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The 2019 HR@Moore Survey of Chief HR Officers examined a number of aspects of the Board of Directors (BOD). This report describes the results of this survey. We find that 64% of the companies surveyed have an independent Chair of the board with the other 36% having the CEO also hold the Chair title. CHROs do not evaluate boards as being particularly effective regarding the major tasks entailed in CEO succession. We found that responsibility for CEO succession is most often housed with the board chair/ lead director (rather than a committee), both as an ongoing process and as the decision becomes more imminent. Respondents were relatively equally likely to suggest that CEO succession responsibility lies with the Compensation committee and the Nominating and Governance committees for the ongoing CEO succession process, but as it becomes imminent, Compensation committees seemingly transfer responsibility to board chairs/lead directors. We found that women comprise approximately 28% of board members, with a maximum representation of 50%. Most CHROs reported that women directors do not face unique challenges, but when they do, they do not have equal influence or “voice” within the board relative to their male counterparts. Similarly, a large number of CHROs reported that their companies do not have unique obstacles to attracting women directors, but an almost equal number noted the lack of supply and consequent competition for qualified women directors. CHROs reported the cohesion and diversity/ inclusion climate of boards using the same items as used in past reports on the Executive Leadership Team (ELT). The results show that boards tend to score higher regarding diversity/inclusion climate and lower on cohesion, suggesting that the independent nature of board members requires them to appreciate and incorporate the diverse perspectives of other members, but not necessarily to work well as a team. Finally, we found that almost all boards conduct assessments every two years, and these usually consist of surveys asking them to assess themselves and the board’s functioning overall.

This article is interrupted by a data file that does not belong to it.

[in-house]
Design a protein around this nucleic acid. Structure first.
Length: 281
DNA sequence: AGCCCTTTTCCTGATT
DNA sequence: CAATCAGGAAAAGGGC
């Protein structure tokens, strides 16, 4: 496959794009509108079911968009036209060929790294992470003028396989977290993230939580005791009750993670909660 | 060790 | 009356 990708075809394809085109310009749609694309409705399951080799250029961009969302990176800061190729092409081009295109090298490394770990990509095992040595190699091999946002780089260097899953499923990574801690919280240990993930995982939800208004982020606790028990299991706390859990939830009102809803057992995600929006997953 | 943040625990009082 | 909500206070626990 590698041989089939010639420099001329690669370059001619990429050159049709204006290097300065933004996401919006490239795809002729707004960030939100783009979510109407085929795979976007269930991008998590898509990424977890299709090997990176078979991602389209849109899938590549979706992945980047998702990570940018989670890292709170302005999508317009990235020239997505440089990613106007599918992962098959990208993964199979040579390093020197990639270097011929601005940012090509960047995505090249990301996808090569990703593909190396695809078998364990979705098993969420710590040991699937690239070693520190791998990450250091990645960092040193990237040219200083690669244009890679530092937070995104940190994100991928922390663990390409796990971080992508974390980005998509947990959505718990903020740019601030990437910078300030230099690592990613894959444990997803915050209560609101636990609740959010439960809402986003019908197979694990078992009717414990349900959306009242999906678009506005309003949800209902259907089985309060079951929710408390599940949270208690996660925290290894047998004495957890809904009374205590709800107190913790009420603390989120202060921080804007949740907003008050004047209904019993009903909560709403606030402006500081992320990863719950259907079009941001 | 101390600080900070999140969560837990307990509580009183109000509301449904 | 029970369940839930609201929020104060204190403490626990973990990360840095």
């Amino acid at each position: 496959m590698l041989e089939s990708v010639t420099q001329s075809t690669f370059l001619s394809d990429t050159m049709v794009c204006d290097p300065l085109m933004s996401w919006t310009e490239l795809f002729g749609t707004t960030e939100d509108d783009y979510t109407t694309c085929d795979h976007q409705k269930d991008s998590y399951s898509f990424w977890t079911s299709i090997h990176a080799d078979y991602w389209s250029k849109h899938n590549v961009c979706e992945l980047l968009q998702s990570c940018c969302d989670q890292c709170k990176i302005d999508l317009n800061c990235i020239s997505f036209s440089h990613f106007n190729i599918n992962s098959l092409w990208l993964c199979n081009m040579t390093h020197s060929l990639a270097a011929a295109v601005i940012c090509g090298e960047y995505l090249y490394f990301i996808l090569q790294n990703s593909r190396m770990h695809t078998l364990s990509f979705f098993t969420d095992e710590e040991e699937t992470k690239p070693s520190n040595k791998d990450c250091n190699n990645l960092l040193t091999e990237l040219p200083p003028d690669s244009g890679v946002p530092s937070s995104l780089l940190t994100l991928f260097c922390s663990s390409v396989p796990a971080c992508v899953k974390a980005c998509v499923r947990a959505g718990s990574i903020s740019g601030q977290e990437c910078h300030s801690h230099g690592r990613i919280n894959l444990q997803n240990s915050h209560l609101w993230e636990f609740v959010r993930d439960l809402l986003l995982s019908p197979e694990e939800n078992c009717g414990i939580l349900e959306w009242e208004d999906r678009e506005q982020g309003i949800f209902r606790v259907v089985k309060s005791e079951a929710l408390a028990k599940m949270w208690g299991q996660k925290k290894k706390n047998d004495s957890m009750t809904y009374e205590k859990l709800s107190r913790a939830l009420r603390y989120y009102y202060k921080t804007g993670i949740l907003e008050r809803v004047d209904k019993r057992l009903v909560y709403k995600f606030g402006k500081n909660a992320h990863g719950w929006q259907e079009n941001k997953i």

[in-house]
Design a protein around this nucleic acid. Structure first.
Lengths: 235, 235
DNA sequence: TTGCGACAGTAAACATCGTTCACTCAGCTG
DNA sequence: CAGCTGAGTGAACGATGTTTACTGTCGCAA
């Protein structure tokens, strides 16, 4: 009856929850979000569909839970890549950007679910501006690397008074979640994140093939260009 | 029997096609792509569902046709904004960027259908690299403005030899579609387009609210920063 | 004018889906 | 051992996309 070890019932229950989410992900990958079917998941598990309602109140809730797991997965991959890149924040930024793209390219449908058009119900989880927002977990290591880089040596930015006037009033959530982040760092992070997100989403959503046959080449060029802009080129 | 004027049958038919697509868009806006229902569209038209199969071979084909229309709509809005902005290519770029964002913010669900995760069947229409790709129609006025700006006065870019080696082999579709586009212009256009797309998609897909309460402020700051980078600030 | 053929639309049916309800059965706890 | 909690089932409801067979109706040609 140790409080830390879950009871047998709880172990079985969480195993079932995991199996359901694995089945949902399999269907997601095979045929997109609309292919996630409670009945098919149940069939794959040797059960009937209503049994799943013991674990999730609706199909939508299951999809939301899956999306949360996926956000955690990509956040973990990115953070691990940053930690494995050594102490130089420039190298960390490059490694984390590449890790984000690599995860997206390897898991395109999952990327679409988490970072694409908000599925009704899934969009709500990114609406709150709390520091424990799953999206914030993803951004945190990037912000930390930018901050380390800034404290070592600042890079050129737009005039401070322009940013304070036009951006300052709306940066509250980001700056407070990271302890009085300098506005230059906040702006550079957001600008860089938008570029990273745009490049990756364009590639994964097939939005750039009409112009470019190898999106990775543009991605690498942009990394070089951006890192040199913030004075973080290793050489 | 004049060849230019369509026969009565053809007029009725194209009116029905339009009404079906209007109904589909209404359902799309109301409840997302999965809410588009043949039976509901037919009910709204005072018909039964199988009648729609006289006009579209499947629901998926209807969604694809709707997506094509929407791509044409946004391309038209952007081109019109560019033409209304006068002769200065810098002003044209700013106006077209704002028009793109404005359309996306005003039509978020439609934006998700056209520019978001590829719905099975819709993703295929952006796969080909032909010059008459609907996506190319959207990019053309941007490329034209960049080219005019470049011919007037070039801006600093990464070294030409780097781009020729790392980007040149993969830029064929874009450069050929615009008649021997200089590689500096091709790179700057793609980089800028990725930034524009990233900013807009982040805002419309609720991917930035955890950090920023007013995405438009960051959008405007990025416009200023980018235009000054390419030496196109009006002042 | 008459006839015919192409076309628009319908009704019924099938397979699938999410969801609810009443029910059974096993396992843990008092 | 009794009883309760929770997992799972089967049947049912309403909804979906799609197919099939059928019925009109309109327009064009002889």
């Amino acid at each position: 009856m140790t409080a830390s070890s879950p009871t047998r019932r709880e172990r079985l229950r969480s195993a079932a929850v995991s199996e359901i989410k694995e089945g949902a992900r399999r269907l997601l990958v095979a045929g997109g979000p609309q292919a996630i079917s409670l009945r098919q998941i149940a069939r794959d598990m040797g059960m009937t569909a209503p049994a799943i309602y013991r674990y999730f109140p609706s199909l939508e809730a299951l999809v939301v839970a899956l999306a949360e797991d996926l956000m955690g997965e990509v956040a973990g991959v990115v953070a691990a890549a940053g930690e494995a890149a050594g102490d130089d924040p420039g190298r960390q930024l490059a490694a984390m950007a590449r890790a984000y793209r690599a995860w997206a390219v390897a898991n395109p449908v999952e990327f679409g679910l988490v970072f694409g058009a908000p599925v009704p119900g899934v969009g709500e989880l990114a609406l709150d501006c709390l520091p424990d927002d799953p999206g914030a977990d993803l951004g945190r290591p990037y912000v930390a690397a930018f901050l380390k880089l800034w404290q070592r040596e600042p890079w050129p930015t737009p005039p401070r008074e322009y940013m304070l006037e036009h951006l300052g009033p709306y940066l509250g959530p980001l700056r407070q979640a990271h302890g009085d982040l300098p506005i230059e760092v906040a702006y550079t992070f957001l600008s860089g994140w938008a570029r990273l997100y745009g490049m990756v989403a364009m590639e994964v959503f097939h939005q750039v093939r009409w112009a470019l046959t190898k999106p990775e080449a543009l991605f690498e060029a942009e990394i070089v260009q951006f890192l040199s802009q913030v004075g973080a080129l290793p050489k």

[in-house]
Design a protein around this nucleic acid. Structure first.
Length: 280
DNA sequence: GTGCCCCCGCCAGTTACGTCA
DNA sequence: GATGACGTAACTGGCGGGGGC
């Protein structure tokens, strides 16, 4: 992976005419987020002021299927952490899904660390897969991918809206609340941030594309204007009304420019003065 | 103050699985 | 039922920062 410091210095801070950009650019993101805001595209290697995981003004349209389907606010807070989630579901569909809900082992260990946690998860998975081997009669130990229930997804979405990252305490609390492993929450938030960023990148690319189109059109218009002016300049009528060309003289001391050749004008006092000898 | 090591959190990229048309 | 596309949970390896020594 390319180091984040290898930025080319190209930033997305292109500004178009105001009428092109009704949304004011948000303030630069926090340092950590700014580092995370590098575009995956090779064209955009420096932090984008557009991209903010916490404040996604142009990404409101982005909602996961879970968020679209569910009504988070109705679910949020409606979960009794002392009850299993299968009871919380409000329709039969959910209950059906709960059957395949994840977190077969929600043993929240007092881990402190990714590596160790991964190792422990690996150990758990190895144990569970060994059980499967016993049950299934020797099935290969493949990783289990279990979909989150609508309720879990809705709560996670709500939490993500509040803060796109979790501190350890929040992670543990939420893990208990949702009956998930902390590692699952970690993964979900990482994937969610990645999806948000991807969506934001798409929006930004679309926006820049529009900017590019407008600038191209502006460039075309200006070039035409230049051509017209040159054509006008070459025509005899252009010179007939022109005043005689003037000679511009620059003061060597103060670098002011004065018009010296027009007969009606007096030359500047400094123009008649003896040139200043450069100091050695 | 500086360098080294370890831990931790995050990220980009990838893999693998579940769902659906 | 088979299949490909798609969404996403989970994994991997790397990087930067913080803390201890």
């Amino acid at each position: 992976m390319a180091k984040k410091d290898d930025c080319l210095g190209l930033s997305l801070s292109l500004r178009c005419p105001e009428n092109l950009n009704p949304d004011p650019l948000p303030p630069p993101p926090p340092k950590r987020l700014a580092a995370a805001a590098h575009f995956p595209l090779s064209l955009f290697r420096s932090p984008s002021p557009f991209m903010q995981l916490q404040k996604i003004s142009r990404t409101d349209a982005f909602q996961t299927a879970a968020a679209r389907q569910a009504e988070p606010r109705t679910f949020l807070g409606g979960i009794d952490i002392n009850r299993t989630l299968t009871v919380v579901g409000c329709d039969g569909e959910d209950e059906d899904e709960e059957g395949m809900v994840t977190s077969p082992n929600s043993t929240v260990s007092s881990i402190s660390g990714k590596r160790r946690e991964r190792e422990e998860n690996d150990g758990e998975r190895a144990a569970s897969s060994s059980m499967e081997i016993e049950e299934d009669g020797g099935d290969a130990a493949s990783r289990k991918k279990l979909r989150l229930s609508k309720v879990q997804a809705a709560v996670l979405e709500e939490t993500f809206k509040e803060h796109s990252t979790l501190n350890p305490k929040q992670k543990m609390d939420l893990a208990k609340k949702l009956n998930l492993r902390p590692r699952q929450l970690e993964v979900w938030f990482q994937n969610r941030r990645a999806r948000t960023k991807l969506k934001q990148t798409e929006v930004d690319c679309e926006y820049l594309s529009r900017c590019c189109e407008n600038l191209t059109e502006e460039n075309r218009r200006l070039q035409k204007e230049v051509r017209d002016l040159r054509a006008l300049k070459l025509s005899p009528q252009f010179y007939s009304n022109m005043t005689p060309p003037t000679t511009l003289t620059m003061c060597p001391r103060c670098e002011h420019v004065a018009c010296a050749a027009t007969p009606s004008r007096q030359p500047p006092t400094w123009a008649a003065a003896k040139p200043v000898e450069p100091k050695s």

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© 2019, University of South Carolina

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